Baltimore Ravens

Preston: Passing might be more of a need than option this week for Ravens rookie Lamar Jackson

If the Ravens wanted a lenient learning curve for rookie quarterback Lamar Jackson, they got it in consecutive weeks against the Cincinnati Bengals and Oakland Raiders, two of the worst defensive teams in the NFL.

Sunday’s opponent, the Atlanta Falcons, aren’t any better defensively than the Bengals and Raiders but team officials will get a better read on the progress of Jackson, who will likely be making his first NFL road start.


“There is a new set of issues with playing on the road,” coach John Harbaugh said about Jackson possibly starting. “[That’s] a good way to say it. Crowd noise, cadence, snap counts, communication, even the earphone and getting the plays and things like that, being prepared if that is a problem. All those things will be [important]. Yes, it will be a new level. It will be a challenge for all of us. But he’s up to it — looking forward to seeing how he does.”

Harbaugh has yet to officially declare Jackson the starter. Quarterback Joe Flacco, who has missed the past two games with a hip injury, began practicing with the team Thursday on a limited basis.


If Jackson gets the nod, there will be a lot of difficulties with the things Harbaugh mentioned. But what is more interesting is what happens if the Ravens fall behind and have to play catch up.

Can the Ravens modify their pitty-pat, small-ball passing game into allowing Jackson to throw longer and more consistently downfield?

More importantly is the question of whether Jackson can throw downfield accurately. He struggled with accuracy during the preseason and has 10 more carries (37) over the past two games than completions (27).

The Ravens could be conservative and stay with the run as they did against the Bengals and Raiders, who had the worst run defenses in the league. Atlanta has struggled against the run this season as well, allowing 123.7 yards per game (23rd in the NFL).

But here is the major difference. The Falcons have receivers named Julio Jones, Calvin Ridley and Mohamed Sanu.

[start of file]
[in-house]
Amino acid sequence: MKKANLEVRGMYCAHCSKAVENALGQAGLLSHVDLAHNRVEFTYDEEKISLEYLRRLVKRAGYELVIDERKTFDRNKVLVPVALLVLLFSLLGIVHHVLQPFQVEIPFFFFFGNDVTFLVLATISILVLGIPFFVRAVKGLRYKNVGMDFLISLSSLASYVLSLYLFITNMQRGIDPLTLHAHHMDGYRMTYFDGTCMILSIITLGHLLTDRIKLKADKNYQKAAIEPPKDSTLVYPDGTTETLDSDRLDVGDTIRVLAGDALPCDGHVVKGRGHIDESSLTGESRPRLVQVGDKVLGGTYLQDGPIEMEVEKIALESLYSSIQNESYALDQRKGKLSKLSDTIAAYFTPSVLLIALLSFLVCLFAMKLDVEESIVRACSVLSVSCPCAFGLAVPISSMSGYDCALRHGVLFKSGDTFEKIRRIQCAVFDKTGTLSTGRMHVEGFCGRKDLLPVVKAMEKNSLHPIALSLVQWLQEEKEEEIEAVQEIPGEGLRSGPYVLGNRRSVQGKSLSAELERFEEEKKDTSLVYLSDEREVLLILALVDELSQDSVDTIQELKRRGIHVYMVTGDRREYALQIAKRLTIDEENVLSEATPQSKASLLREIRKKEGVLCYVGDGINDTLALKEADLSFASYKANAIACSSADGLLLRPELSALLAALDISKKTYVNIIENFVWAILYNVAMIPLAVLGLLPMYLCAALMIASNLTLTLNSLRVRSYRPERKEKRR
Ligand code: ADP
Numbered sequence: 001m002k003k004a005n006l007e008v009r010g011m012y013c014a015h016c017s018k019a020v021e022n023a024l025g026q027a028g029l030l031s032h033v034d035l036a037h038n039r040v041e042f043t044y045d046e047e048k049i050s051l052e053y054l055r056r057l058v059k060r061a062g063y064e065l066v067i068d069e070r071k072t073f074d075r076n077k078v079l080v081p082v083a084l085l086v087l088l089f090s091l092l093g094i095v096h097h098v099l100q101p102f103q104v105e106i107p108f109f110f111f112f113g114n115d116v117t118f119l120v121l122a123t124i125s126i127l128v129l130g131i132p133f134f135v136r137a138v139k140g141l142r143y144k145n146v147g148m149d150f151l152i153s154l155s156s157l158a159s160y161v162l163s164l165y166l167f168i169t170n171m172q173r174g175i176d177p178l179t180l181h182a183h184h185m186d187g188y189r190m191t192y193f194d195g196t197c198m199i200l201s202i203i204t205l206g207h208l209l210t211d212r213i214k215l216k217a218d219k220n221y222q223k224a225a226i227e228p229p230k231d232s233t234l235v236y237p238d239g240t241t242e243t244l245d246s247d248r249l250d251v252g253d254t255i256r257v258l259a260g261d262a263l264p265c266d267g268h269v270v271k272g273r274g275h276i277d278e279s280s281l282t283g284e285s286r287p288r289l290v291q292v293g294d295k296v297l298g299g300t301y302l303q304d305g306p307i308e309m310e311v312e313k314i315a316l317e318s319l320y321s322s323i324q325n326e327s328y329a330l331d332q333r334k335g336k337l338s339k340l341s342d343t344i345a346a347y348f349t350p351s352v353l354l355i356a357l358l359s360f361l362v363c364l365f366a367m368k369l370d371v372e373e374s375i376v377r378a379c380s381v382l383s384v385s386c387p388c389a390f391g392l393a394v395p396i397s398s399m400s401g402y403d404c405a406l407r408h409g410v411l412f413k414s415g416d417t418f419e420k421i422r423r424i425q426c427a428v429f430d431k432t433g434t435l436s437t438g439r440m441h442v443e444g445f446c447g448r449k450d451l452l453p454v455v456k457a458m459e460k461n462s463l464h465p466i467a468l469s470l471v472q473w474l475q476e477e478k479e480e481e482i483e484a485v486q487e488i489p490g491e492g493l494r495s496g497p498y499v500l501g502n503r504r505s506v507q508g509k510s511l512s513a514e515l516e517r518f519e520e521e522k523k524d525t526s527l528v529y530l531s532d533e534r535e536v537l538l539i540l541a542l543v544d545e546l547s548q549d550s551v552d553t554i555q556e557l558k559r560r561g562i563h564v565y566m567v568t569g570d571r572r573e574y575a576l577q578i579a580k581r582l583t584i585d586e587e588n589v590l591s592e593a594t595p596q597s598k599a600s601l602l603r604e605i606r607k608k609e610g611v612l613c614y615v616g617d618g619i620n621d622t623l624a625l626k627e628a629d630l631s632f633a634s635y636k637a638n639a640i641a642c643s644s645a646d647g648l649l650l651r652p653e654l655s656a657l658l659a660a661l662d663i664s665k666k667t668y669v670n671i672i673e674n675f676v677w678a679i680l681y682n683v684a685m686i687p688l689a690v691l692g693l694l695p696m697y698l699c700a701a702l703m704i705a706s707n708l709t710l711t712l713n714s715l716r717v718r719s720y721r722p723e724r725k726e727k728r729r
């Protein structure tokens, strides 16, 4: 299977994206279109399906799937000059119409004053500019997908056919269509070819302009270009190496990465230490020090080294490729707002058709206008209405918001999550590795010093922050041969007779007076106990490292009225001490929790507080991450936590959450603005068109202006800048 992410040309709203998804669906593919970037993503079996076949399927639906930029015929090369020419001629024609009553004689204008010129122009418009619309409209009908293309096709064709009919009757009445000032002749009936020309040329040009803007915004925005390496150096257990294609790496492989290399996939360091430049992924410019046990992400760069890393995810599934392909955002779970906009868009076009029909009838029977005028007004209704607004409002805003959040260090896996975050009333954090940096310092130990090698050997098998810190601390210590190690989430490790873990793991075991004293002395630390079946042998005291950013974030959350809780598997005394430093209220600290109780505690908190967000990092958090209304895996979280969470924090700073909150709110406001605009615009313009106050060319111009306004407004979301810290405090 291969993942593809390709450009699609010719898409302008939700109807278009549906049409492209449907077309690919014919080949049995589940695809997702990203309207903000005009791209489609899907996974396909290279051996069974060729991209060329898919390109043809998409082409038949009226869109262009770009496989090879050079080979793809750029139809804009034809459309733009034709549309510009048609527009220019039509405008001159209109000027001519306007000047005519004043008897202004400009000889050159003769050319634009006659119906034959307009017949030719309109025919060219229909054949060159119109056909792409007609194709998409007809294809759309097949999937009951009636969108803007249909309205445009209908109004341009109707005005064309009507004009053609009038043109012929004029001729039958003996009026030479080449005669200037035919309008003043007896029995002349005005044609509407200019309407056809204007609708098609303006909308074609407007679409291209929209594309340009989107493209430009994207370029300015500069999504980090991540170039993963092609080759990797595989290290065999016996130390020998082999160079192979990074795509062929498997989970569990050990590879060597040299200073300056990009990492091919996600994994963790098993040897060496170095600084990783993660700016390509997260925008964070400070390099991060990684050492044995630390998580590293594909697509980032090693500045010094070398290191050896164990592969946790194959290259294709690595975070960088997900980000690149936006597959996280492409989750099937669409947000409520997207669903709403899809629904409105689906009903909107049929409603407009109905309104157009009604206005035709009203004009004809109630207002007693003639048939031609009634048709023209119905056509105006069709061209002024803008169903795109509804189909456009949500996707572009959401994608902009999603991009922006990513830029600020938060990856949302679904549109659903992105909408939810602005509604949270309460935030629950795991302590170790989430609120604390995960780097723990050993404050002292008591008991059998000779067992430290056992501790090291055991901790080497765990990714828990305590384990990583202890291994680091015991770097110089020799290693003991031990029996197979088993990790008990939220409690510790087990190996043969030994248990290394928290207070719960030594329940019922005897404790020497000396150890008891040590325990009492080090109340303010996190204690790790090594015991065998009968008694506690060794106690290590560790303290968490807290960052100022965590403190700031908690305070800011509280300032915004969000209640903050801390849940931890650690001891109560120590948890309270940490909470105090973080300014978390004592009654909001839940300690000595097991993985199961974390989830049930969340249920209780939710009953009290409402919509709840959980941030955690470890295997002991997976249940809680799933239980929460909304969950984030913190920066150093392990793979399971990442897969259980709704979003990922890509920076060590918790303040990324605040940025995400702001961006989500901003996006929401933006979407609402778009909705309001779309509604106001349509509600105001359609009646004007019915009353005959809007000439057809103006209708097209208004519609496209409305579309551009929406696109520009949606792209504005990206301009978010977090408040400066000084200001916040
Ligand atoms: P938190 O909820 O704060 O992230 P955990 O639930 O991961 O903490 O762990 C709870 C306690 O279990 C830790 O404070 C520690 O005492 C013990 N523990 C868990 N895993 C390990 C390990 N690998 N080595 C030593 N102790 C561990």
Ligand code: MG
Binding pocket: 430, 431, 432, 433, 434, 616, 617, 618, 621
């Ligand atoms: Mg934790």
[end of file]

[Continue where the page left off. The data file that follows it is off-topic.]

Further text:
They have a really good quarterback named Matt Ryan. Harbaugh is aware of him.

“The thing that really jumps out at you is his accuracy,” Harbaugh said of Ryan. “He’s an on-time, on-rhythm, accurate thrower, running kind of a ‘Shanahan-Kubiak,’ I guess you’d call it, West Coast system that they’ve done a great job of developing there over the years, ever since coach [Dan] Quinn has gotten there. Coach [Steve] Sarkisian is running it now and calling the plays and doing a great job, so that’s just a really good system.

“[Ryan] knows the system inside and out, and he’s good, and their passing attack is excellent. It’s right there at the top of the league in terms of every statistical category, and he drives that. And, obviously, they have really good weapons to go along with that everywhere. So, that’s how they’re built.”


That all makes Sunday’s game intriguing. The Ravens will try to pound the ball with running back Gus Edwards and they should have success, but the Falcons defense is predicated on speed. They can stack seven or eight around the line of scrimmage and still get to points on the outside to help contain Jackson.

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If Atlanta can slow down the running game, the Falcons will score some points against the Ravens. While some fans think the Ravens have found the 2000 formula for success with a strong running game and top-ranked defense, this group doesn’t measure up to the record-setting group from 18 years ago.

Jackson might have to have a breakout game in a different sense.

“We just do whatever it takes to win,” Jackson said. “We are going to try to balance it out, because we have wonderful, great receivers — great hands, guys that run great routes. We’re going to do whatever it takes to win. We’ll see what the game plan gives us.”

Regardless of the outcome this game should be a good barometer as far as the learning curve of Jackson. The Ravens have been careful with him so far. In his first game, they used him primarily as a runner.

In his second game, they used him more as a passer but that strategy didn’t work out. They were forced to go back to him running the football in the second half against the Raiders.


But eventually the Ravens are going to need Jackson to play an all-around game, especially against a marquee quarterback.

That time might come Sunday.